1960s >> 1969 >> no-783-november-1969

More Labour Lies

Labour, says the full-page ad., has got Life and Soul and there follows the usual list of misleading figures which are supposed to impress us. The Labour Party used to have the reputation of being a party with ideals which was out to help ordinary people. Now some bright-boy is trying to revive this but after years of wage restraint, anti-union laws, immigration colour bar and the like he will have his work cut out.

The ad. makes two claims about Labour on housing both of which, as we shall show, are very misleading.

Under the heading “Peace of mind in your home” they say:

The 1968 Rent Act . . . brings ‘fair rent’ machinery. Nearly 80% of tenants’ applications have resulted in rent reduction.

The unwary reader might draw the conclusion that this new machinery must be good if rent went down in four cases out of five. He has missed the phrase “tenants’ applications”. For landlords, as well as tenants, can apply for a so-called fair rent to be fixed and when all applications are taken into account it is a different story: the rents have been put up in three cases out of five. Even a Housing Policy Study Group set up by Labour’s National Executive has expressed its concern:

  Applications for registration of a fair rent in England and Wales between the start of regulations and 20th June, 1969, numbered 140,000,  123,000 of which had been determined by May 1969. The Ministry of Housing has analysed 80,000 of these rent registrations representing those cases where the new rent could properly be compared with the old (i.e., excluding cases where the terms of the tenancy were changed or where there were improvements or alterations which could affect the rent). Of these, 32% had resulted in rent reduction, and 59% in a rent increase. Clearly some rents would be increased under the ‘fair rent’ machinery but the proportion of rents being increased does seem unduly high. (Report, p.12, our emphasis).

No doubt Labour’s publicity tricksters are banking on more people reading their full-page ad than their shilling pamphlet.

Under another heading — “A decent home is the cornerstone of a happy life” — the ad. declares:

      “The 1969 Housing Act increased financial aid to landlords in bringing old houses up to standard”.

It makes no mention that if landlords do this they can also apply to bring their old rents up to standard. The 1969 Housing Act in fact resumes the work of the 1957 Housing Act (the one Labour vociferously denounced at the time as the “wicked Tory Rent Act”), in that it allows tenancies now subject to Rent Control to be decontrolled. Instead, their rents will be set under the new “fair” rent machinery, a changeover which is bound to result, as Labour admits elsewhere, in the rent going up in the great majority of cases.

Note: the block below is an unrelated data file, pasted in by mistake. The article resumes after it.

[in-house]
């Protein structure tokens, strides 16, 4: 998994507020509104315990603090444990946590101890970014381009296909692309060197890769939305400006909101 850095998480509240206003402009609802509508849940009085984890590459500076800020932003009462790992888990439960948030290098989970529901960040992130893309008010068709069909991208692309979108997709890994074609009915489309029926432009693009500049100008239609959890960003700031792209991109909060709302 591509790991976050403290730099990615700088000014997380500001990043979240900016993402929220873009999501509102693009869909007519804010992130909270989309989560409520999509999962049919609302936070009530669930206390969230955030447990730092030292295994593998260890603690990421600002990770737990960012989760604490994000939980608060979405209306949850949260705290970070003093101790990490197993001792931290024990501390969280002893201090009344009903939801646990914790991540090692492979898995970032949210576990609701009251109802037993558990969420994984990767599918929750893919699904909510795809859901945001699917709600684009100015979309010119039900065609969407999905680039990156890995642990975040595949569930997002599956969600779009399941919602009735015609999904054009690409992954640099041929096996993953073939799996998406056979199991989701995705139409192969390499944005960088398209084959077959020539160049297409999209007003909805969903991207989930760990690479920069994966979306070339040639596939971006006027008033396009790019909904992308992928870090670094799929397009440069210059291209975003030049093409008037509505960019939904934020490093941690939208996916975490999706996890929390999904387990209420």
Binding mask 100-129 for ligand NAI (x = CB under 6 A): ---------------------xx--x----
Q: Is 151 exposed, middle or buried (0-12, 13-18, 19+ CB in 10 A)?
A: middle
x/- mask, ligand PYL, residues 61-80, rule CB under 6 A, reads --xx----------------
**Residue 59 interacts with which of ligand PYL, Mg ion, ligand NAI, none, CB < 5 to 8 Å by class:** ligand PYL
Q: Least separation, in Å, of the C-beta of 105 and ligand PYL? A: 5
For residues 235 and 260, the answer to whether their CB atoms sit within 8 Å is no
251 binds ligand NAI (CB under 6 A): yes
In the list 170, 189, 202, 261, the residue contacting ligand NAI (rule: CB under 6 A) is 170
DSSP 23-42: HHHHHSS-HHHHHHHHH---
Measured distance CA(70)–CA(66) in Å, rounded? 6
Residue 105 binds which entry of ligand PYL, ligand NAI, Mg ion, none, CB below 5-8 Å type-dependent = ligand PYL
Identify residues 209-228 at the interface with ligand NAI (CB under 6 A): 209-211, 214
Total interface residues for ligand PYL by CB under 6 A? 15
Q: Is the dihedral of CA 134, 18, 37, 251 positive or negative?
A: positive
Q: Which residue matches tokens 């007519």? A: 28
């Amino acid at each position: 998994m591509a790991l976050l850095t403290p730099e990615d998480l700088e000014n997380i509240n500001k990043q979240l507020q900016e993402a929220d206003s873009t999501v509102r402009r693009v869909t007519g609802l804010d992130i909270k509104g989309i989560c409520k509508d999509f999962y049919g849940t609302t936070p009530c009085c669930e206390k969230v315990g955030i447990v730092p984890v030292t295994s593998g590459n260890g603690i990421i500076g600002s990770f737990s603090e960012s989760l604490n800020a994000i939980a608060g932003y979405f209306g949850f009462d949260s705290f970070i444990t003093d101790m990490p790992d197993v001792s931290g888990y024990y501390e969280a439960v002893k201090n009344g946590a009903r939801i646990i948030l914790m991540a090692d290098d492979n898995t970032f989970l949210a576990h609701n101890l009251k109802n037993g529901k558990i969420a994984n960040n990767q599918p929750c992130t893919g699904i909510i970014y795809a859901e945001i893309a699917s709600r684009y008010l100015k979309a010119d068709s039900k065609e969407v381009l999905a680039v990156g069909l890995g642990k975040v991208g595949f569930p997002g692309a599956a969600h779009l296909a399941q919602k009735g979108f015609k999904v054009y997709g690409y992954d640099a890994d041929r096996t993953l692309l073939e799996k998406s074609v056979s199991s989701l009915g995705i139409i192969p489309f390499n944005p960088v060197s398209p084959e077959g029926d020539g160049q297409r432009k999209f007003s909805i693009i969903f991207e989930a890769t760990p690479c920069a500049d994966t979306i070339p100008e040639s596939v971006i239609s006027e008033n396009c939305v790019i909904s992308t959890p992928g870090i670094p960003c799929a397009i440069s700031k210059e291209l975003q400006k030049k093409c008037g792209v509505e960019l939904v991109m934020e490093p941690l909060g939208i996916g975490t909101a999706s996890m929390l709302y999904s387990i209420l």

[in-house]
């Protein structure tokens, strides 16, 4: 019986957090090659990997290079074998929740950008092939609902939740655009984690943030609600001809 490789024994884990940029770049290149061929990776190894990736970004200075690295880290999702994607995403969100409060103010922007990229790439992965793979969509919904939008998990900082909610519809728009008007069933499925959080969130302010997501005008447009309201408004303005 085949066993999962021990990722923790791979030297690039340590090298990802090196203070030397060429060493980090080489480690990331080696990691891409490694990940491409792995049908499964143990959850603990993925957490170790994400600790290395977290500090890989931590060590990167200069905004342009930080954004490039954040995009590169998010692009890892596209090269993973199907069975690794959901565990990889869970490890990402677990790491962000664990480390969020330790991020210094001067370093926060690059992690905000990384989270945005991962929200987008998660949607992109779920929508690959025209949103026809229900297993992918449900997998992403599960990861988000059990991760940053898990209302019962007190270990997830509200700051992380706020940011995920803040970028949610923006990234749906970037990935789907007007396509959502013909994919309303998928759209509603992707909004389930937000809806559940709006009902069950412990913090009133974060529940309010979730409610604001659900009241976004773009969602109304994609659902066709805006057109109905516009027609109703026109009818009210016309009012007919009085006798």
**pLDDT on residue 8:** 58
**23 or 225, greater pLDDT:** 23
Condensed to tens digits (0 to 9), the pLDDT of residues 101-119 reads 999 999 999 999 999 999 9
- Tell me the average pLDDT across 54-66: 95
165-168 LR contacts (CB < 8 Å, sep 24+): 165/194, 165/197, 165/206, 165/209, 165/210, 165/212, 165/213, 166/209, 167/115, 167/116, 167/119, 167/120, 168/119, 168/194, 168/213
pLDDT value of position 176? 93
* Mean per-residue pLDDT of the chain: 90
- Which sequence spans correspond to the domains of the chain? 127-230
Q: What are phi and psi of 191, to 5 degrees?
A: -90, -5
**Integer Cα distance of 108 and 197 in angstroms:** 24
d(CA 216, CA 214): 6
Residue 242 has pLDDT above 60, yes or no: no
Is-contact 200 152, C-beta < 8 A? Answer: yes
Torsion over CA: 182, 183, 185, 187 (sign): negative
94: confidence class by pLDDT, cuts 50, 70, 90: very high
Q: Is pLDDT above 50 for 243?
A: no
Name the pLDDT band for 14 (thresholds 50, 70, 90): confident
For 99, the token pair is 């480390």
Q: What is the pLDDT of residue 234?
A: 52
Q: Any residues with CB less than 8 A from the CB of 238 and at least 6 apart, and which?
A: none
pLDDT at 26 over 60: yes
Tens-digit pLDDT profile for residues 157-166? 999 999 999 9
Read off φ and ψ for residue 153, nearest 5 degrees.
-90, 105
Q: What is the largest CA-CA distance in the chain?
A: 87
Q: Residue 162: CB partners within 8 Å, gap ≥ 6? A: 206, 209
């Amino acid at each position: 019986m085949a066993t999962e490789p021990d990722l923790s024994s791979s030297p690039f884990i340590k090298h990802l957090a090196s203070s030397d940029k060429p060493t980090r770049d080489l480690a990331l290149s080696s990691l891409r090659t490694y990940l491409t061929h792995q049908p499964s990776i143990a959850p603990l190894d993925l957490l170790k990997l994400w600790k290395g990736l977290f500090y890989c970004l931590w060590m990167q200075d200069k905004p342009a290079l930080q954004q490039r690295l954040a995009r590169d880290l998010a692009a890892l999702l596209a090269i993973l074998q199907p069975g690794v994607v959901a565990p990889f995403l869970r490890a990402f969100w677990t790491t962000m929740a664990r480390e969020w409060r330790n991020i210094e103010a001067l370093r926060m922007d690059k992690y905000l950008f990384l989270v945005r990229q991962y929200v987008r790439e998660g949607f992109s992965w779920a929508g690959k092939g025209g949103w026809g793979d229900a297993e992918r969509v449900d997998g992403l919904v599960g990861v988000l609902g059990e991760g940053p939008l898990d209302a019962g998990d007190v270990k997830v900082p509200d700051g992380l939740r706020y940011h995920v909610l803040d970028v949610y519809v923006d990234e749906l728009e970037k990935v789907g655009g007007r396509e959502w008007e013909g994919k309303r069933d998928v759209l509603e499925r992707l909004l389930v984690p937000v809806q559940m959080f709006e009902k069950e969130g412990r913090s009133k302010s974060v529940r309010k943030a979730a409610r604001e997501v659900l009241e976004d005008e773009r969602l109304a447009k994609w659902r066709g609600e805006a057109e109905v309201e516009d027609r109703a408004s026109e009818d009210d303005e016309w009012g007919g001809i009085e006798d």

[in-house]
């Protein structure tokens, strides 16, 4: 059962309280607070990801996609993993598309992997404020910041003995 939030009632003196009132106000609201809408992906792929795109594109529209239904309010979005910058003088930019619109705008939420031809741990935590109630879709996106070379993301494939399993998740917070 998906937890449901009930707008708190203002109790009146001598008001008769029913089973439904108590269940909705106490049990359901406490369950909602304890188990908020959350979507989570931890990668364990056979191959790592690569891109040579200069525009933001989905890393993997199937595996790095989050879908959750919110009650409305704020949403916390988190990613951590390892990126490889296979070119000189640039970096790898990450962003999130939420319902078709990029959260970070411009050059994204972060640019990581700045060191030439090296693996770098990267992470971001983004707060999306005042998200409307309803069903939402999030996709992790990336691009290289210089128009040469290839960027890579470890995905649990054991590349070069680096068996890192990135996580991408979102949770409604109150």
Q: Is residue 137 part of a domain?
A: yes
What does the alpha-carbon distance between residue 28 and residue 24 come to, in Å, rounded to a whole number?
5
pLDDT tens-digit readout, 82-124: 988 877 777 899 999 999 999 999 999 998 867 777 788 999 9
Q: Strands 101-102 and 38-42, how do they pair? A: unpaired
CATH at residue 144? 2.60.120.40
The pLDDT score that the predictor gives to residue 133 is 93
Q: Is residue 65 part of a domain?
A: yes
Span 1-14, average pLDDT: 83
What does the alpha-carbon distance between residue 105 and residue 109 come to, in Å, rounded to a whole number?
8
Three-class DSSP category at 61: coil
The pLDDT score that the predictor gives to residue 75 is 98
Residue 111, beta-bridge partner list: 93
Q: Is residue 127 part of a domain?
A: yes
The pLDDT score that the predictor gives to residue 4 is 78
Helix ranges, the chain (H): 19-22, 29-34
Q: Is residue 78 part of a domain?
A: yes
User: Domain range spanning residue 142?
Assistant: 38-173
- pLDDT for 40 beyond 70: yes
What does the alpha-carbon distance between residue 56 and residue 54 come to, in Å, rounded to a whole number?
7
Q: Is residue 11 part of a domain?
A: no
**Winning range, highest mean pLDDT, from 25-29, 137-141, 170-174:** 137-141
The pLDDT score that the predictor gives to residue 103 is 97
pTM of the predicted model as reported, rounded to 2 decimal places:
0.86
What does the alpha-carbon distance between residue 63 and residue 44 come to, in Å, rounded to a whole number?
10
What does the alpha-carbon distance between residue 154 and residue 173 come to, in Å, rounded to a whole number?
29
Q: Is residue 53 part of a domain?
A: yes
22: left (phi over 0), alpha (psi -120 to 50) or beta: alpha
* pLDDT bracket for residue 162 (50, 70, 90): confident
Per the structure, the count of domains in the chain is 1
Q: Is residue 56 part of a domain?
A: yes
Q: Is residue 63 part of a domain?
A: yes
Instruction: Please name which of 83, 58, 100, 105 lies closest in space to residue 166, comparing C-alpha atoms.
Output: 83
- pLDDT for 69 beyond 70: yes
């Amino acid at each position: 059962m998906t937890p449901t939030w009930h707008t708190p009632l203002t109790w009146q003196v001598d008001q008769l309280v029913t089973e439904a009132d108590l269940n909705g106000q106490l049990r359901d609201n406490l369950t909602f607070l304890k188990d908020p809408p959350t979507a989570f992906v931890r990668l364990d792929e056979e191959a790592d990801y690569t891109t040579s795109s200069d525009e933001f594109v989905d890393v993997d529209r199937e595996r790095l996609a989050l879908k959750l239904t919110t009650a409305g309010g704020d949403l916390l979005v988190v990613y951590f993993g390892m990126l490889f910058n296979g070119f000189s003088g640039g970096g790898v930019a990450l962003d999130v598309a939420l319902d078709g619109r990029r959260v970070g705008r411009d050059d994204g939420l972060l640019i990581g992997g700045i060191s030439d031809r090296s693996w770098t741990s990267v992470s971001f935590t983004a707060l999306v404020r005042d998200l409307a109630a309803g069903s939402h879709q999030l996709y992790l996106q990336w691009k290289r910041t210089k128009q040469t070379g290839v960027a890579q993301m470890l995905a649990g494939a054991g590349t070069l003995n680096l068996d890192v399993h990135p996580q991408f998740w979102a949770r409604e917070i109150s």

We draw attention to this not because we support or oppose rent control but to expose Labour’s false claim to stand for low rents. Labour’s policy of making investment in housing-letting a little more profitable is designed to overcome one of the problems caused by the rent control they once clamoured for, a striking demonstration of the futility of reformism. They are now doing what the Tories tried to do in 1957, but this time a little more cautiously. Which is not surprising since both parties are only out to administer capitalism. The Socialist Party of Great Britain has always held that within capitalism there is no solution to the housing problem and, that therefore attempts by governments to deal with it while retaining class property and the profit motive are futile.

The ad. is at least more cautious than George Thomas, the Secretary of State for Wales, who when the Bill was first published made this claim which we record for future reference:

  Within 10 years of this Act no one in Wales should be living in an unfit house
(The Times, 31 January 1969).

Thomas obviously forgot the lesson Aneurin Bevan learned when he rashly promised in 1946 that “when the next election occurs there will be no housing problem in Great Britain for the British working class” (quoted in Hansard, Vol. 453, Col. 1202).

Adam Buick